• Harzing, A.W.; and 26 collaborators (2009) Rating versus ranking: what is the best way to reduce response and language bias in cross-national research?, International Business Review, 18(4): 417-432. Available online... - Publisher’s version

In a later publication we looked into the language effect for the leadership scenarios in more detail. For the six scenarios describing leadership situations pertaining to rewarding, decision-making, goalsetting, face-saving, conflict-resolving, and empathizing we found almost no significant differences in managerial reactions when using the native language as opposed to English within countries. However, echoing extant research on cross-cultural leadership, where national culture is linked to respondents’ nationality, we found significant differences across countries, corroborating the importance of cultural context for leadership and the persistence of cultural variance.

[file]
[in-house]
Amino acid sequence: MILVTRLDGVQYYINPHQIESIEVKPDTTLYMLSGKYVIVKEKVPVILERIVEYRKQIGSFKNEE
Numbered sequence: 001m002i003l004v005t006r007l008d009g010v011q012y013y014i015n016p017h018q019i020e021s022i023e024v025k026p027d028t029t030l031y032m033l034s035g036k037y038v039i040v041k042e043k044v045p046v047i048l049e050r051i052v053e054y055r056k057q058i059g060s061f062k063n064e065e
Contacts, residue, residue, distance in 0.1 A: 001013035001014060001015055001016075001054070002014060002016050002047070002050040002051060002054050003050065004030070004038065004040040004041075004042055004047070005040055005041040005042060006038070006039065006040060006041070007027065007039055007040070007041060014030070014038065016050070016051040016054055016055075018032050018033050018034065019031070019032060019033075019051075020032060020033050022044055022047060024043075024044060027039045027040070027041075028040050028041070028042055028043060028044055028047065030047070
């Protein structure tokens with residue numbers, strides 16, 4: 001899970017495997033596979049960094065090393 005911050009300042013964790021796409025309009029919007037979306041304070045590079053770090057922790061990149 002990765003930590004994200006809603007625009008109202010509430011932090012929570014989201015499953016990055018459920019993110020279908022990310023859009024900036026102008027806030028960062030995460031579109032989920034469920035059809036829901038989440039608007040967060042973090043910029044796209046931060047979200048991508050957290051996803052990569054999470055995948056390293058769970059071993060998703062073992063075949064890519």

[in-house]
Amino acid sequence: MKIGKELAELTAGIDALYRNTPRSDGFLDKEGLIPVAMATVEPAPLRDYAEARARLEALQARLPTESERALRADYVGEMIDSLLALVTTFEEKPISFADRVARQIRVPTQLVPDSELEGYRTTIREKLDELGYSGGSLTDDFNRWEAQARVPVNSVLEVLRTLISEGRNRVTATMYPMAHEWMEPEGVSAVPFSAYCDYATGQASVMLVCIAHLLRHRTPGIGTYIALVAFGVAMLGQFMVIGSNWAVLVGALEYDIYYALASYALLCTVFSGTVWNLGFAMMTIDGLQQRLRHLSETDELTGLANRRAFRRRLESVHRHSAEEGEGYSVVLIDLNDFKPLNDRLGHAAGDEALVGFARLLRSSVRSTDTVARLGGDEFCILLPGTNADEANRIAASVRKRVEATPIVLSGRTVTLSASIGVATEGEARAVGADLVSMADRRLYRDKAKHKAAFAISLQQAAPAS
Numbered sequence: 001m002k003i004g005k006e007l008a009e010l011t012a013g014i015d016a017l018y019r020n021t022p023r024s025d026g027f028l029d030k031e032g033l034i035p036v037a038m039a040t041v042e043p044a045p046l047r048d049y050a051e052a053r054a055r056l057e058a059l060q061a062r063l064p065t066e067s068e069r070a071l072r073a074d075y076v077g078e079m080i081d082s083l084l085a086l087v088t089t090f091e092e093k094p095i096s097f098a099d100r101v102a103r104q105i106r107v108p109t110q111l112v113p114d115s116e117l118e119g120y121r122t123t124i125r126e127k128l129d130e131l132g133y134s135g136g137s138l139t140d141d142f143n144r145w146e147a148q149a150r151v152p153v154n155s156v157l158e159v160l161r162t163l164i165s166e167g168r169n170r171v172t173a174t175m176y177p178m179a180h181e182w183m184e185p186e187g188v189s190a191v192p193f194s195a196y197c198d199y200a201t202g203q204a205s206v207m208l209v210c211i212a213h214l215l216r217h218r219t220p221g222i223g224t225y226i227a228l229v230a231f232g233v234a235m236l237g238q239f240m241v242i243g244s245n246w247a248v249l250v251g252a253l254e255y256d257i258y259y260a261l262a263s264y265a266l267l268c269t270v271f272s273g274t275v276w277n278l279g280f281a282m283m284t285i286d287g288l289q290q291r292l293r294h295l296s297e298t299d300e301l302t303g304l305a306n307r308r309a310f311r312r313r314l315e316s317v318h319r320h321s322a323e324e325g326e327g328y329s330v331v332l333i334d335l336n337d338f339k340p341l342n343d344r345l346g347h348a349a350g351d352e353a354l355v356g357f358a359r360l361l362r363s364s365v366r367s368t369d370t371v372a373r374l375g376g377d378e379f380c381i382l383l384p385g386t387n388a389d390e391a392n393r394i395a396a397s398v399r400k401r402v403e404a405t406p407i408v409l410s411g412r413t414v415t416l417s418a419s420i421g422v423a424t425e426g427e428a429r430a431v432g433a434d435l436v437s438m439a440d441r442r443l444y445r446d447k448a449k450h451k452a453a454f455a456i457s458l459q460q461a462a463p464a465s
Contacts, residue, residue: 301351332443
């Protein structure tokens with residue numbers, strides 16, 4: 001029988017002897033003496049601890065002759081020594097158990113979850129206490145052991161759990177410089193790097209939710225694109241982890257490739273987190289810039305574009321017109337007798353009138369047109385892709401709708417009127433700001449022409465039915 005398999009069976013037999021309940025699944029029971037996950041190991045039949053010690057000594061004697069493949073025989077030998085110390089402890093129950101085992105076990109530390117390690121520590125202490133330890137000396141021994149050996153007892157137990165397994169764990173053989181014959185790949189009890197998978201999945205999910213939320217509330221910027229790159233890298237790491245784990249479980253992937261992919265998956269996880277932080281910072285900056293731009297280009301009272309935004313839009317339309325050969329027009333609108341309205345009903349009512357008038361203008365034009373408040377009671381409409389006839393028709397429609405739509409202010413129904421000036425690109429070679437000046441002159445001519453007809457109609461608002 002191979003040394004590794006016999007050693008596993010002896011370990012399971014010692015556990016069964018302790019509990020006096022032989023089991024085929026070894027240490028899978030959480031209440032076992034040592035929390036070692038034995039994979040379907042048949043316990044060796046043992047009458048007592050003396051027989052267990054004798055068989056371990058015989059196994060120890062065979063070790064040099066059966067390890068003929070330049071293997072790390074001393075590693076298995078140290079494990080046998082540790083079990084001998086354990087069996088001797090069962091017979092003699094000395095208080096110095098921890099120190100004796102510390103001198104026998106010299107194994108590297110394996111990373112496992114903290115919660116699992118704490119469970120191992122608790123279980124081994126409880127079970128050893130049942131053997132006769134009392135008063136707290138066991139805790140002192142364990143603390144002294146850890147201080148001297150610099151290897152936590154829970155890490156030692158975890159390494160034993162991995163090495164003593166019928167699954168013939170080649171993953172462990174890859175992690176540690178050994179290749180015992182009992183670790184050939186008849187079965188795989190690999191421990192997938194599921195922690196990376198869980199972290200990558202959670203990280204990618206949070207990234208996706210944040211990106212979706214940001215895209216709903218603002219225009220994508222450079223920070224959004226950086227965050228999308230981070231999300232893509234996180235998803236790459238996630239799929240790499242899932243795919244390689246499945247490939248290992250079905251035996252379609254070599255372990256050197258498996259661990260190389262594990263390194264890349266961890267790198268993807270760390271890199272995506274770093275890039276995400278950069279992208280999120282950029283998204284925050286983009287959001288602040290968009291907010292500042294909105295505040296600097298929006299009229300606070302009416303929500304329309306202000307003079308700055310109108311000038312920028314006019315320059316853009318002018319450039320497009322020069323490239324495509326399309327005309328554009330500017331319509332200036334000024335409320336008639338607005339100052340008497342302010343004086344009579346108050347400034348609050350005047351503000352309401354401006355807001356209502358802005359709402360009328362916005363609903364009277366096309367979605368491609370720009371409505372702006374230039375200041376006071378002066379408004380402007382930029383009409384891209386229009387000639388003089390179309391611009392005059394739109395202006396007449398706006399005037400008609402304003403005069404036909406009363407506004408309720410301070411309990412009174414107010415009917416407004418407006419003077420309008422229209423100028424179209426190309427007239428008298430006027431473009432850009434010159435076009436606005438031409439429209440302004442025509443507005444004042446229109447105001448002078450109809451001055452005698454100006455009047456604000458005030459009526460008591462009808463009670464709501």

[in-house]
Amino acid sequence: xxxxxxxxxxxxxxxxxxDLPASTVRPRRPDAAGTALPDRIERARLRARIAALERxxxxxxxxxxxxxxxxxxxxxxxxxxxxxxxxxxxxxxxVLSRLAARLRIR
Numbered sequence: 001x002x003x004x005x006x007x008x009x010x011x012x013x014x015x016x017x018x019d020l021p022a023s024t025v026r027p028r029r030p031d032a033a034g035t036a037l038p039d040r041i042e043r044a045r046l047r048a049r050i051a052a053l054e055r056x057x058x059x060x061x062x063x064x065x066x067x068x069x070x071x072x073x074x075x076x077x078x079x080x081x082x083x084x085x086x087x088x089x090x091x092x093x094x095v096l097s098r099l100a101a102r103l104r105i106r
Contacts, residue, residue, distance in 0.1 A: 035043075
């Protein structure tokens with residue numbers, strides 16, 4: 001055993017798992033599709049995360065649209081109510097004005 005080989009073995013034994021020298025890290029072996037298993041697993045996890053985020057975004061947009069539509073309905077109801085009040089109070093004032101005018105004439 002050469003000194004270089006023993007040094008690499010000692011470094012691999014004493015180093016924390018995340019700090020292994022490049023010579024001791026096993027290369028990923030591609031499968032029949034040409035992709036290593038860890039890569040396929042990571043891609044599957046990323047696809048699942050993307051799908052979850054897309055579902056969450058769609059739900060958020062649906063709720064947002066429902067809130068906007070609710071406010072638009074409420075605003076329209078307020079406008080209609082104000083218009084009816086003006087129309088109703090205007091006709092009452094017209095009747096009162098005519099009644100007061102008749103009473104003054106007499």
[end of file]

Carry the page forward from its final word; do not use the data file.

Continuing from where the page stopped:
• Zander, L.; Mockaitis, A.; Harzing, A.W. et al. (2011) Standardization and contextualization: A study of language and leadership across 17 countries, Journal of World Business, 46(3): 296-304. Available online... - Publisher’s version

More language research

Since then my interest in language issues has certainly not subsided. After 2011, I published further articles with co-authors Markus Pudelko, Helene Tenzer, Sebastian Reiche, Ling Eleanor Zhang, and  Shea Fan, which have all been the subject of their own blogposts. In 2016 I conducted my inaugural lecture at Middlesex University on the topic.

Drop me a line

Free pre-publication versions of these papers are hyperlinked. If you’d like to have an official reprint for these papers, just drop me an email.